Vaccine breakthroughs fuel growing investor appetite for industrial metals

Discovery, deals and outages dominated events on the Australian market this week but the big news which continues to affect everything was off-market: the Covid-19 pandemic and vaccines which increasingly look like next year’s “get out of jail card”.
20th November 2020
Tim Treadgold

Discovery, deals and outages dominated events on the Australian market this week but the big news which continues to affect everything was off-market: the Covid-19 pandemic and vaccines which increasingly look like next year’s “get out of jail card”.

Chalice and its text-book re-writing palladium discovery near Perth was one of the big movers, rising to an all-time high of $3.84, before easing to close at $3.69, up 50c in the week and good enough to retain membership of the $1 billion market-cap club.

Talga, the locally listed graphite company with its best assets in Sweden, was a winner with a batch of value-added deals. It reached an all-time high at $2.12 before easing to $1.89, up 9c for the week and membership of the half-billion dollar club.

Outages came in two forms. The closure of a big zinc mine in South Africa which lifted the zinc price to an 18-month high while concern about copper exports caused by political turmoil in Peru helped copper edge towards a three-year high.

The other outage was the closure of the Australian stock market on Monday thanks to a malfunctioning computer upgrade which was hardly unexpected given investor experience with changes to the exchange’s website, once one of the best in the world and now one of the worst.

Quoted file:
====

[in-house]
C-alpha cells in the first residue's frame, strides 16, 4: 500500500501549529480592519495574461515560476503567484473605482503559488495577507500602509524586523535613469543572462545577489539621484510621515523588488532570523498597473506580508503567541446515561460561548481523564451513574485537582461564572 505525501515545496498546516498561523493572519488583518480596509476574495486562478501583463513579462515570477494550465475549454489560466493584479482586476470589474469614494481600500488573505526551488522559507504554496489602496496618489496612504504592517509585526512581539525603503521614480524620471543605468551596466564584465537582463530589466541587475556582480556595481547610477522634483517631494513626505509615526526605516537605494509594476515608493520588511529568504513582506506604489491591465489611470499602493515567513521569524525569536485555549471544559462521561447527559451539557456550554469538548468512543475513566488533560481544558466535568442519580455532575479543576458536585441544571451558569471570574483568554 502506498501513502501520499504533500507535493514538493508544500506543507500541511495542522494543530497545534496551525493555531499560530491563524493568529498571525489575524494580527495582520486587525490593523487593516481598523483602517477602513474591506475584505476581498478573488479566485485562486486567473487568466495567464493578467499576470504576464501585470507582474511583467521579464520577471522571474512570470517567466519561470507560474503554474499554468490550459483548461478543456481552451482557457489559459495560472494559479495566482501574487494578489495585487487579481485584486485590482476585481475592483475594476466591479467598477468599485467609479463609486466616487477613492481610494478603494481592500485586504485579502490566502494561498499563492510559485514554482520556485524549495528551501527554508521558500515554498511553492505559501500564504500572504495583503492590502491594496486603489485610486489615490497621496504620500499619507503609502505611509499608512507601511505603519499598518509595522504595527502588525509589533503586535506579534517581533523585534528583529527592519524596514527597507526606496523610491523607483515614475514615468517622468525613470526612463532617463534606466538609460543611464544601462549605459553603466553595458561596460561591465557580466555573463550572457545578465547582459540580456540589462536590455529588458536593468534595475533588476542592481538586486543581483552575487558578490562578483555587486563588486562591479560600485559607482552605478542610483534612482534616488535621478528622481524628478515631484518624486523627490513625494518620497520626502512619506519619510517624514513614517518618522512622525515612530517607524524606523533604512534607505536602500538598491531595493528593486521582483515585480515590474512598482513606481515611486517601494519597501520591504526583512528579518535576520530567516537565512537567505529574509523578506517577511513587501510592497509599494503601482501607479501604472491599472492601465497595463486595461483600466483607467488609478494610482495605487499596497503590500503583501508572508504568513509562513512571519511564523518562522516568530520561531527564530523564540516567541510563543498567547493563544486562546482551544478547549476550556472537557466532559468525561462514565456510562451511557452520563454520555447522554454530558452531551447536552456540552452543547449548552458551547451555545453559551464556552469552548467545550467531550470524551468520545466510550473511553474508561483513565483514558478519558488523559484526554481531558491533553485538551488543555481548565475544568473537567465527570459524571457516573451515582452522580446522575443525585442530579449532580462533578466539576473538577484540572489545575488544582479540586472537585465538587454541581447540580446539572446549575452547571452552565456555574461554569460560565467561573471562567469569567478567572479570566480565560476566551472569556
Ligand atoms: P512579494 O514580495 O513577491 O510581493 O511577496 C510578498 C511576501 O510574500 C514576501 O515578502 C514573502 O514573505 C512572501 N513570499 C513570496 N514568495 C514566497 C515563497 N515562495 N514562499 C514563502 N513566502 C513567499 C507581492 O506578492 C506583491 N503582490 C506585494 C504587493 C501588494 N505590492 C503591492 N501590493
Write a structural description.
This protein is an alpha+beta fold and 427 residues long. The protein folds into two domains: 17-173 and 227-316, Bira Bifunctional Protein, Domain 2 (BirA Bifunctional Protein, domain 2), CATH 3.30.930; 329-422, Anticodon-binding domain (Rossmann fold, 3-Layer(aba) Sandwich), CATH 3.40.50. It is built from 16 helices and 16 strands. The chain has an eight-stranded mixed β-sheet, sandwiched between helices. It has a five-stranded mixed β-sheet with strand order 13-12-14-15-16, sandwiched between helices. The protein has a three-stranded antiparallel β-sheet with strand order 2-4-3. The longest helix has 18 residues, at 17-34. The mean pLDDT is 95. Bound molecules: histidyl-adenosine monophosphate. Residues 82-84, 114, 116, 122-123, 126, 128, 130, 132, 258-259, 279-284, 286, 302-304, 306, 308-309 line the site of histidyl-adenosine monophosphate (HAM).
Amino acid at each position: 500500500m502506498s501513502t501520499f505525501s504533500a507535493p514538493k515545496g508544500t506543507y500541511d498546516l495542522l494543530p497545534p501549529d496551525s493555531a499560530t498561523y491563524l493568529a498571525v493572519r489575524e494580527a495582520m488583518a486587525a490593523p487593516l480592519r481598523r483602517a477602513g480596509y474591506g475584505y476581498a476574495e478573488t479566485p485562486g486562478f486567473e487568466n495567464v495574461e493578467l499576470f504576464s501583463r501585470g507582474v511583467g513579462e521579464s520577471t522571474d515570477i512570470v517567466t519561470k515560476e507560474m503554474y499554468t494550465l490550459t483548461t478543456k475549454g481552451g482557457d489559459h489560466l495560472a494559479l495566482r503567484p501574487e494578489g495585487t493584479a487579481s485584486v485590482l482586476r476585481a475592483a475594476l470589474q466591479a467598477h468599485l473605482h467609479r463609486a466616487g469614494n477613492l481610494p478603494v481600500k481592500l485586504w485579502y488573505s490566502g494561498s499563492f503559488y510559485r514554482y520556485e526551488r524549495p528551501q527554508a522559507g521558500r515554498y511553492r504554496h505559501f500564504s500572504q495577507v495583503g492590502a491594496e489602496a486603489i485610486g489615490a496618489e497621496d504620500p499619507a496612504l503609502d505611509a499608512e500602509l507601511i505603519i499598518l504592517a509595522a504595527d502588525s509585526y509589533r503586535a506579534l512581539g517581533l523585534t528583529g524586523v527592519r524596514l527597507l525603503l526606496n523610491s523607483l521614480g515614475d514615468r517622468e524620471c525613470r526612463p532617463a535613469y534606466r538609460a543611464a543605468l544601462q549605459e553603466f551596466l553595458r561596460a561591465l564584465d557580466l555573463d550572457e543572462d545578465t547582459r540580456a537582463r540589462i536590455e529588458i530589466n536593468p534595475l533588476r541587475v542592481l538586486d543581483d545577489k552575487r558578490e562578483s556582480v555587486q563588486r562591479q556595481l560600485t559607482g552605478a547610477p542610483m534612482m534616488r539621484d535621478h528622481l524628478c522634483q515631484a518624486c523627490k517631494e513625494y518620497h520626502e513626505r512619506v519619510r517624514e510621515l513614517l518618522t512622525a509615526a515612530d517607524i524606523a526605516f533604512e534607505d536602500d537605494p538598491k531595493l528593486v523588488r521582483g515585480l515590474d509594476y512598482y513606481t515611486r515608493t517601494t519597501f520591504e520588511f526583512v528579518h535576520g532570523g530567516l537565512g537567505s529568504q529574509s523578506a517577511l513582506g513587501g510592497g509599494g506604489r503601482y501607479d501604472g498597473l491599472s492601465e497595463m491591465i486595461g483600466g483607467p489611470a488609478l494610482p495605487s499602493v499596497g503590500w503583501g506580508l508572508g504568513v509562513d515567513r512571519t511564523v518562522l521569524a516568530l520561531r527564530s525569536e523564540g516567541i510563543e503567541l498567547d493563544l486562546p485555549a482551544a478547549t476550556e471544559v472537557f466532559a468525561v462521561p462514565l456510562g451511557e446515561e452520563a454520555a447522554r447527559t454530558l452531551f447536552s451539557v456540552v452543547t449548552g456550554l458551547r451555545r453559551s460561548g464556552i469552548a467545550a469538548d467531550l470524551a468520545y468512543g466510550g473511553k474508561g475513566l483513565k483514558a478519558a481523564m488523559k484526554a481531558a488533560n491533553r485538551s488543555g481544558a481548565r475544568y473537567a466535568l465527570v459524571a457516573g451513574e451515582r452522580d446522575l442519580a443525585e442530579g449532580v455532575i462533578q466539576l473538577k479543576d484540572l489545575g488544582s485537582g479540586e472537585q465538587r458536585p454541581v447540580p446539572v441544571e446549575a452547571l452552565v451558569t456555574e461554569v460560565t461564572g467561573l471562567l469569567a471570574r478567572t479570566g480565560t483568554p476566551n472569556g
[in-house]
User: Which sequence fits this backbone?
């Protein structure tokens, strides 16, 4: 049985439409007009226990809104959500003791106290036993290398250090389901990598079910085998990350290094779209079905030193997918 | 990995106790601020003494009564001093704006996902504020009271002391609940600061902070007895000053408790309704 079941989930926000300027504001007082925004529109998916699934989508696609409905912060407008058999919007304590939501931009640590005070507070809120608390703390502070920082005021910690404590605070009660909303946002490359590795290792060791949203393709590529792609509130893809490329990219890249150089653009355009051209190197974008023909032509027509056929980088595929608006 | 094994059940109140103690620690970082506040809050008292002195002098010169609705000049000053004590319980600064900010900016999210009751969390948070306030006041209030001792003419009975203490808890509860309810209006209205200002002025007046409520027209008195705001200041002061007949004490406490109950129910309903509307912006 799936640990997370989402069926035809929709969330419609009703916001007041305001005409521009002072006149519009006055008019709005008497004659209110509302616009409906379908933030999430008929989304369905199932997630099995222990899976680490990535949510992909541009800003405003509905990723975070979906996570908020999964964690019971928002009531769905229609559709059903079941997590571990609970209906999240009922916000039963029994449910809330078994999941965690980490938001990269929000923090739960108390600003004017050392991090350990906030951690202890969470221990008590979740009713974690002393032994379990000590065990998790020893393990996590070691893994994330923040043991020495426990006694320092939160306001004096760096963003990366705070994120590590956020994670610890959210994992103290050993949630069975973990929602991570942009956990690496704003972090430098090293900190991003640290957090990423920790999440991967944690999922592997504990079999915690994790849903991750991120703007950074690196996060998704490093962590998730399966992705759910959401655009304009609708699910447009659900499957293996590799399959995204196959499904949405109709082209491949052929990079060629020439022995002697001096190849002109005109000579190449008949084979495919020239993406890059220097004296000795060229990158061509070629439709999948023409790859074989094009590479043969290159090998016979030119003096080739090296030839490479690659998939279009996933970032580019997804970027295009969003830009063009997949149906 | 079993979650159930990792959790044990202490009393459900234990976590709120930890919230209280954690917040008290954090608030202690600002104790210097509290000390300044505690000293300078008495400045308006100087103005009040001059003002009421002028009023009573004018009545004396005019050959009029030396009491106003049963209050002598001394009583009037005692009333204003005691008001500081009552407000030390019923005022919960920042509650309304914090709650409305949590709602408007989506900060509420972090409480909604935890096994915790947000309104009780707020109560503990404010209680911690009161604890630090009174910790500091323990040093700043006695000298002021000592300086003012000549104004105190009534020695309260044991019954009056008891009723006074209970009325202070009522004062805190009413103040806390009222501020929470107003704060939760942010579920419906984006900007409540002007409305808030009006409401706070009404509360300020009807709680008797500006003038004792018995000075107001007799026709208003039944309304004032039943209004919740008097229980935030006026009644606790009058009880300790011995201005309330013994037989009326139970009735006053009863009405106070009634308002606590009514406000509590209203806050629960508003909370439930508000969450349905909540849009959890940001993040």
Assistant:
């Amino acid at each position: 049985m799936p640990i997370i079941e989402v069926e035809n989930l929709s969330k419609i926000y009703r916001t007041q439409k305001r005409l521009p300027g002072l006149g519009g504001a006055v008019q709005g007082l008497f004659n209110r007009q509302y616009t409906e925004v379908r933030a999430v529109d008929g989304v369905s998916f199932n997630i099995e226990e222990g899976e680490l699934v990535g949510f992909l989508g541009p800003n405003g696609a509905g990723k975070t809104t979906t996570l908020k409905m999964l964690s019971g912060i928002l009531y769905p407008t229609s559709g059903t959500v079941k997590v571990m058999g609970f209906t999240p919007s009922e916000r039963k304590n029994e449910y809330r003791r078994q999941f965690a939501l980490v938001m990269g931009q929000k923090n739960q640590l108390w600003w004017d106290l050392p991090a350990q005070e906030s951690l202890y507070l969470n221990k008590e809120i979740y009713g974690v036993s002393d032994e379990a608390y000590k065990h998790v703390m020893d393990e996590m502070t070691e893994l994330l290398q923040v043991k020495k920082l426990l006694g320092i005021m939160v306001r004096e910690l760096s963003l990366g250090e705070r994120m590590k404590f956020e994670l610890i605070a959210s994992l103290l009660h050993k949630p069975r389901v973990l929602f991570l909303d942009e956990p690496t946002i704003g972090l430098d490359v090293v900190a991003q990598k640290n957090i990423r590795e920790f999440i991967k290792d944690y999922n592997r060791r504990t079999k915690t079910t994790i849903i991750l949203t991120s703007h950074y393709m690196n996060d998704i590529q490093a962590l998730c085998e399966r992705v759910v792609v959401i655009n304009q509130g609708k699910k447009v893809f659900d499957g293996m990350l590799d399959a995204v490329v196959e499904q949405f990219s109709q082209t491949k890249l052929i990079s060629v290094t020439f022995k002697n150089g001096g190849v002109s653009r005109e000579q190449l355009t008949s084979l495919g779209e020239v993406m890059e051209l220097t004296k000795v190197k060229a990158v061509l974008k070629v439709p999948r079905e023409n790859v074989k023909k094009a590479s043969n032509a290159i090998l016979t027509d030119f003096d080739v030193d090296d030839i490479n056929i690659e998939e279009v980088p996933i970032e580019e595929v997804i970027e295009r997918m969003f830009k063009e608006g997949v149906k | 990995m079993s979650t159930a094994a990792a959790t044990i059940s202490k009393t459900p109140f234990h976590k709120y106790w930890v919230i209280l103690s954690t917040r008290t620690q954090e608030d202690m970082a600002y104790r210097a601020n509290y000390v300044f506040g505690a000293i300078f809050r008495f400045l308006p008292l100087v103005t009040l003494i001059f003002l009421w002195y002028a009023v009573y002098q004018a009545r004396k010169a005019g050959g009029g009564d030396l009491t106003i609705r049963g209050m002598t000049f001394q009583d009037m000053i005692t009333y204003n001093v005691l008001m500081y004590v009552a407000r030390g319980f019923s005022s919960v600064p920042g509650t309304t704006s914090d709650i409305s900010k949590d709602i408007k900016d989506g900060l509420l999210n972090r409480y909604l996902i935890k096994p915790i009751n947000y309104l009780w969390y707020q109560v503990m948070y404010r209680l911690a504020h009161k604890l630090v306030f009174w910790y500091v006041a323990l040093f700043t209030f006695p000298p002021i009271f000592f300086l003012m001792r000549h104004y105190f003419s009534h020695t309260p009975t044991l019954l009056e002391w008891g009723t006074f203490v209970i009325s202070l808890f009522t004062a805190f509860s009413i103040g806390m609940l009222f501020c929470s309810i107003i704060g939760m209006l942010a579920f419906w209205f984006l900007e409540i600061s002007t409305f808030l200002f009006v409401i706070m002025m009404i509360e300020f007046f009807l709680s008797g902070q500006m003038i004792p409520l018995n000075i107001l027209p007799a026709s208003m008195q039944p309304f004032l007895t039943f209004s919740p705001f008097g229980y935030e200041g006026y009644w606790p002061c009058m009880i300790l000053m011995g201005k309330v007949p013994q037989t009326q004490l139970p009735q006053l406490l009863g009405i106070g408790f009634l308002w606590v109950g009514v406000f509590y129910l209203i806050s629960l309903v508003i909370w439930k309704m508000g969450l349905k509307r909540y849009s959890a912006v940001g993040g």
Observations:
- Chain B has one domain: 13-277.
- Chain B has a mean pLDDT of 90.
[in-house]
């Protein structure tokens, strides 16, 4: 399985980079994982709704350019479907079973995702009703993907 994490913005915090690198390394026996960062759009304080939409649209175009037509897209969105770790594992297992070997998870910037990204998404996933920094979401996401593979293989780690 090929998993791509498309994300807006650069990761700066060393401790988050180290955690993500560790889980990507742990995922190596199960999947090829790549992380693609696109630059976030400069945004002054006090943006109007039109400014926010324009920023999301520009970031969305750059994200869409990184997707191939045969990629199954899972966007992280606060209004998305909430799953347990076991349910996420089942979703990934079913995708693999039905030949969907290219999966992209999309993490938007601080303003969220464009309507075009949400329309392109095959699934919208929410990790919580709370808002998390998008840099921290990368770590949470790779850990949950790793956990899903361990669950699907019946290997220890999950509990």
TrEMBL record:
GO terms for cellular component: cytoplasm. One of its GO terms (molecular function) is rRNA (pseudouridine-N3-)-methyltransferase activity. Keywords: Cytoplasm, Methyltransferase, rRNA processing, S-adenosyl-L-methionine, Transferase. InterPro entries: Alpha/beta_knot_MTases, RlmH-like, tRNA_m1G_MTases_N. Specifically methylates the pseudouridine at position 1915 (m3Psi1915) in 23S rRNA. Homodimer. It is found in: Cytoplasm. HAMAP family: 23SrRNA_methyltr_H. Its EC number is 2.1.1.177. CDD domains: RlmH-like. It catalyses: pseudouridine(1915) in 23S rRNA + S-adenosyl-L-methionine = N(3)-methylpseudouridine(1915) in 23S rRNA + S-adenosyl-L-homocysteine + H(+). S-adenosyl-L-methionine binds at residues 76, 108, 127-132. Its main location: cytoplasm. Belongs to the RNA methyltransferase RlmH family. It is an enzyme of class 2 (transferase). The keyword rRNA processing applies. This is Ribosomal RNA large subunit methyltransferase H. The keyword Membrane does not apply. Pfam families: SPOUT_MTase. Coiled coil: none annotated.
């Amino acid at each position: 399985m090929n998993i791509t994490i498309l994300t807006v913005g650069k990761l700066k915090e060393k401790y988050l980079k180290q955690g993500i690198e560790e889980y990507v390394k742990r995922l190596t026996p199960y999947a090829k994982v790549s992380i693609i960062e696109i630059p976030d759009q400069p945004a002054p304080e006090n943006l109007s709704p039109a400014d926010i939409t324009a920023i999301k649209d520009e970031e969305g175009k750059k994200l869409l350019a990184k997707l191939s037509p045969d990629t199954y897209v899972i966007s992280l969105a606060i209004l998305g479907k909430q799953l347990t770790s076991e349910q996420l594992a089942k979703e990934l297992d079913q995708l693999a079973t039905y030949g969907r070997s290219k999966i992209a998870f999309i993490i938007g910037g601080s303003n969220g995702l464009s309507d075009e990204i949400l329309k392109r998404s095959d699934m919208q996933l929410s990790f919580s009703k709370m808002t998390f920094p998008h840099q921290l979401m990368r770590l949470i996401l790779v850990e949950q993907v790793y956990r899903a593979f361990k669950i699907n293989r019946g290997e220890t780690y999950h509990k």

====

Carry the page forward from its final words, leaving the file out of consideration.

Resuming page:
Vaccine news had a double-edged affect on the market, boosting industrial metals as confidence grows in 2021 being the start of a period of strong economic growth while weighing on gold, the biggest winner from pandemic uncertainty earlier in the year.

Interestingly, investor reaction to vaccine news can be tracked in the gold price which was sitting comfortable at $US1940 an ounce in the days before Pfizer became the first of the big-name pharmaceutical companies to announce 90% success with its vaccine.

The Pfizer news unleashed a burst of investor optimism about the economic outlook but also wiped $US73/oz off the gold price which fell to $US1867/oz.

Gold recovered to $US1897/oz by Monday when it was whacked by news of Moderna’s even more successful Covid-19 vaccine, sending it back to $1867/oz.

Another development weighing on gold is the prospect of higher U.S. interest rates, a trend which started about two months ago and which caused Macquarie Bank to this week issue a gold-sector warning: “Rising yields (on U.S. 10-year bonds) pare our gold outlook,” the bank said.

The flipside of using a sliding gold price as a measure of economic recovery is to see what’s happening with the world’s ultimate discretionary purchase and a sure-fire sign of rising confidence in the outlook, diamonds.

According to De Beers, the diamond house with the deepest knowledge of the gem trade, sales of diamonds rose by 12% in the latest selling cycle which closed on November 16 – a pointer to jewellers getting ready for strong pre-Christmas trade after a dreadful first 10 months of 2020.